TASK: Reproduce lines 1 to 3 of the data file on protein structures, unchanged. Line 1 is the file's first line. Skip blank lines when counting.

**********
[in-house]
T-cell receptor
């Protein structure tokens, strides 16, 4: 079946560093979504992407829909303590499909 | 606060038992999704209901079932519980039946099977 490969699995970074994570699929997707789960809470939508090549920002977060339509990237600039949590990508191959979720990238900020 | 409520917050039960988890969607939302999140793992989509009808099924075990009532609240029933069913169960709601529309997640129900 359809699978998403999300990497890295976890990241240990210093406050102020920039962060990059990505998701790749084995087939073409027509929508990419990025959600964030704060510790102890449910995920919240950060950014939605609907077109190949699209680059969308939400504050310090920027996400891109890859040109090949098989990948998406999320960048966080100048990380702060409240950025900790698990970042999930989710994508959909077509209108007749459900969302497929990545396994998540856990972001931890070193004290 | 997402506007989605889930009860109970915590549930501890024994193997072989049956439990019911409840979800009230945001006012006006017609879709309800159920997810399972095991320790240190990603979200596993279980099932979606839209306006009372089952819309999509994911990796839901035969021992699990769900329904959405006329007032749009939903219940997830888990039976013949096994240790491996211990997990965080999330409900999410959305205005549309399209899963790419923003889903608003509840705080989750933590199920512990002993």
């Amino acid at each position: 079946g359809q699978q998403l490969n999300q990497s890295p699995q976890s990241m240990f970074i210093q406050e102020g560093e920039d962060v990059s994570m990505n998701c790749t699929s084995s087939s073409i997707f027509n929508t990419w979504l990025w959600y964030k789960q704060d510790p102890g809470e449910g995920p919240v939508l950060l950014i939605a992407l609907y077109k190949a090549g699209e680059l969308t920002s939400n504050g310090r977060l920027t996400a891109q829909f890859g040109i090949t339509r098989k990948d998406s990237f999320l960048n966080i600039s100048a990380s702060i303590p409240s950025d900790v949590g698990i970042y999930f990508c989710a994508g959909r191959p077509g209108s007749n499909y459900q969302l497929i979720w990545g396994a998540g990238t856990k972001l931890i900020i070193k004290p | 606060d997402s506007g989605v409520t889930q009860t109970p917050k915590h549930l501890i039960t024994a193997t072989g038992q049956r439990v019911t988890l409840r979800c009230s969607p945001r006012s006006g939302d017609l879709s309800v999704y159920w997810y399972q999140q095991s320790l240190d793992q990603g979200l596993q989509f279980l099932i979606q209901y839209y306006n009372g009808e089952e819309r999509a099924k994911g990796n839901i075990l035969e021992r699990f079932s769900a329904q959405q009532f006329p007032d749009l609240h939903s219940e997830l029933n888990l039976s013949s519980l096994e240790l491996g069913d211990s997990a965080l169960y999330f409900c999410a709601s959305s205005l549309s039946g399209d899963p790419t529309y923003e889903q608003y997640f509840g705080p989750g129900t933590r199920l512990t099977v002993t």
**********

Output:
[in-house]
T-cell receptor
């Protein structure tokens, strides 16, 4: 079946560093979504992407829909303590499909 | 606060038992999704209901079932519980039946099977 490969699995970074994570699929997707789960809470939508090549920002977060339509990237600039949590990508191959979720990238900020 | 409520917050039960988890969607939302999140793992989509009808099924075990009532609240029933069913169960709601529309997640129900 359809699978998403999300990497890295976890990241240990210093406050102020920039962060990059990505998701790749084995087939073409027509929508990419990025959600964030704060510790102890449910995920919240950060950014939605609907077109190949699209680059969308939400504050310090920027996400891109890859040109090949098989990948998406999320960048966080100048990380702060409240950025900790698990970042999930989710994508959909077509209108007749459900969302497929990545396994998540856990972001931890070193004290 | 997402506007989605889930009860109970915590549930501890024994193997072989049956439990019911409840979800009230945001006012006006017609879709309800159920997810399972095991320790240190990603979200596993279980099932979606839209306006009372089952819309999509994911990796839901035969021992699990769900329904959405006329007032749009939903219940997830888990039976013949096994240790491996211990997990965080999330409900999410959305205005549309399209899963790419923003889903608003509840705080989750933590199920512990002993």